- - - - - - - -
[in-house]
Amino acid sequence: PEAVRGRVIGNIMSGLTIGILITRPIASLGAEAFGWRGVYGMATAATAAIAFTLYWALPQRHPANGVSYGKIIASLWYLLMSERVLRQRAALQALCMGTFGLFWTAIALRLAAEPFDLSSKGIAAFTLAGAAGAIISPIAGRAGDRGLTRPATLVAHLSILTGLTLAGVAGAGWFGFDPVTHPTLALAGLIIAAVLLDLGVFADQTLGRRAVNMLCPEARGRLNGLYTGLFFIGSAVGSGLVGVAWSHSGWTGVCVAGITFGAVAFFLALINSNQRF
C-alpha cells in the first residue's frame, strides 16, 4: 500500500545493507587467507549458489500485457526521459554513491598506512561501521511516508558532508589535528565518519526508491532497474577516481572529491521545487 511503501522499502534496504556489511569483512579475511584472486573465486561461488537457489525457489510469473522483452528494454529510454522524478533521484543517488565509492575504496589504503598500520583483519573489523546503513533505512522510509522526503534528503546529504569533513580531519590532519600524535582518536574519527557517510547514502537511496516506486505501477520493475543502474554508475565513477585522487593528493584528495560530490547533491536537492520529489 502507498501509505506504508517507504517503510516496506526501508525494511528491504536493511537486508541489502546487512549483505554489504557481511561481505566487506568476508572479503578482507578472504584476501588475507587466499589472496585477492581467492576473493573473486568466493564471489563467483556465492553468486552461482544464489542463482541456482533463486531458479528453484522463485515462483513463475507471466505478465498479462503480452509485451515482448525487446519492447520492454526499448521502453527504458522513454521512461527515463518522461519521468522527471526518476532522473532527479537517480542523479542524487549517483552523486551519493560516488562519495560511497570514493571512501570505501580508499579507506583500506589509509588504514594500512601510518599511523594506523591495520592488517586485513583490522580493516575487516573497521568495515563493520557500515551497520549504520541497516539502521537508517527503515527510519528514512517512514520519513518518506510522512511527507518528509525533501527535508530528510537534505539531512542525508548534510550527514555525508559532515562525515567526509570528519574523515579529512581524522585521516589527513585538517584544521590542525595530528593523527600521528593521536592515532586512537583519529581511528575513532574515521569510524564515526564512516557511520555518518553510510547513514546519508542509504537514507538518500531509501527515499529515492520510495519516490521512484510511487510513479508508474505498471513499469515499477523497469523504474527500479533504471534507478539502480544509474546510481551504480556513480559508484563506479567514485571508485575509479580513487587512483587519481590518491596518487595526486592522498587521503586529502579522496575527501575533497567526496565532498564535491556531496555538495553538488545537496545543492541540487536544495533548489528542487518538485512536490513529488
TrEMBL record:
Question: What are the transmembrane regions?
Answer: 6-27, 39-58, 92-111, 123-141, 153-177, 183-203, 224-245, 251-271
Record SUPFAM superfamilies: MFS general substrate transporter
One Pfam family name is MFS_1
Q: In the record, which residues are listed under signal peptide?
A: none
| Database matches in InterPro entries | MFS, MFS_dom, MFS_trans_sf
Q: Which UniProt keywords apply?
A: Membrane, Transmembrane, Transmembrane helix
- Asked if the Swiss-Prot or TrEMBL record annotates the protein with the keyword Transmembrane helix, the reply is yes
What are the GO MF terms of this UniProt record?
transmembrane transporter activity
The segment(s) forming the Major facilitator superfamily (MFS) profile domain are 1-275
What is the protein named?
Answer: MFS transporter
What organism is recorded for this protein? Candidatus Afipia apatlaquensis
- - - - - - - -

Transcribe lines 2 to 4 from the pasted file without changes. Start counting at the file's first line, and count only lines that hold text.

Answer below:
Amino acid sequence: PEAVRGRVIGNIMSGLTIGILITRPIASLGAEAFGWRGVYGMATAATAAIAFTLYWALPQRHPANGVSYGKIIASLWYLLMSERVLRQRAALQALCMGTFGLFWTAIALRLAAEPFDLSSKGIAAFTLAGAAGAIISPIAGRAGDRGLTRPATLVAHLSILTGLTLAGVAGAGWFGFDPVTHPTLALAGLIIAAVLLDLGVFADQTLGRRAVNMLCPEARGRLNGLYTGLFFIGSAVGSGLVGVAWSHSGWTGVCVAGITFGAVAFFLALINSNQRF
C-alpha cells in the first residue's frame, strides 16, 4: 500500500545493507587467507549458489500485457526521459554513491598506512561501521511516508558532508589535528565518519526508491532497474577516481572529491521545487 511503501522499502534496504556489511569483512579475511584472486573465486561461488537457489525457489510469473522483452528494454529510454522524478533521484543517488565509492575504496589504503598500520583483519573489523546503513533505512522510509522526503534528503546529504569533513580531519590532519600524535582518536574519527557517510547514502537511496516506486505501477520493475543502474554508475565513477585522487593528493584528495560530490547533491536537492520529489 502507498501509505506504508517507504517503510516496506526501508525494511528491504536493511537486508541489502546487512549483505554489504557481511561481505566487506568476508572479503578482507578472504584476501588475507587466499589472496585477492581467492576473493573473486568466493564471489563467483556465492553468486552461482544464489542463482541456482533463486531458479528453484522463485515462483513463475507471466505478465498479462503480452509485451515482448525487446519492447520492454526499448521502453527504458522513454521512461527515463518522461519521468522527471526518476532522473532527479537517480542523479542524487549517483552523486551519493560516488562519495560511497570514493571512501570505501580508499579507506583500506589509509588504514594500512601510518599511523594506523591495520592488517586485513583490522580493516575487516573497521568495515563493520557500515551497520549504520541497516539502521537508517527503515527510519528514512517512514520519513518518506510522512511527507518528509525533501527535508530528510537534505539531512542525508548534510550527514555525508559532515562525515567526509570528519574523515579529512581524522585521516589527513585538517584544521590542525595530528593523527600521528593521536592515532586512537583519529581511528575513532574515521569510524564515526564512516557511520555518518553510510547513514546519508542509504537514507538518500531509501527515499529515492520510495519516490521512484510511487510513479508508474505498471513499469515499477523497469523504474527500479533504471534507478539502480544509474546510481551504480556513480559508484563506479567514485571508485575509479580513487587512483587519481590518491596518487595526486592522498587521503586529502579522496575527501575533497567526496565532498564535491556531496555538495553538488545537496545543492541540487536544495533548489528542487518538485512536490513529488
TrEMBL record: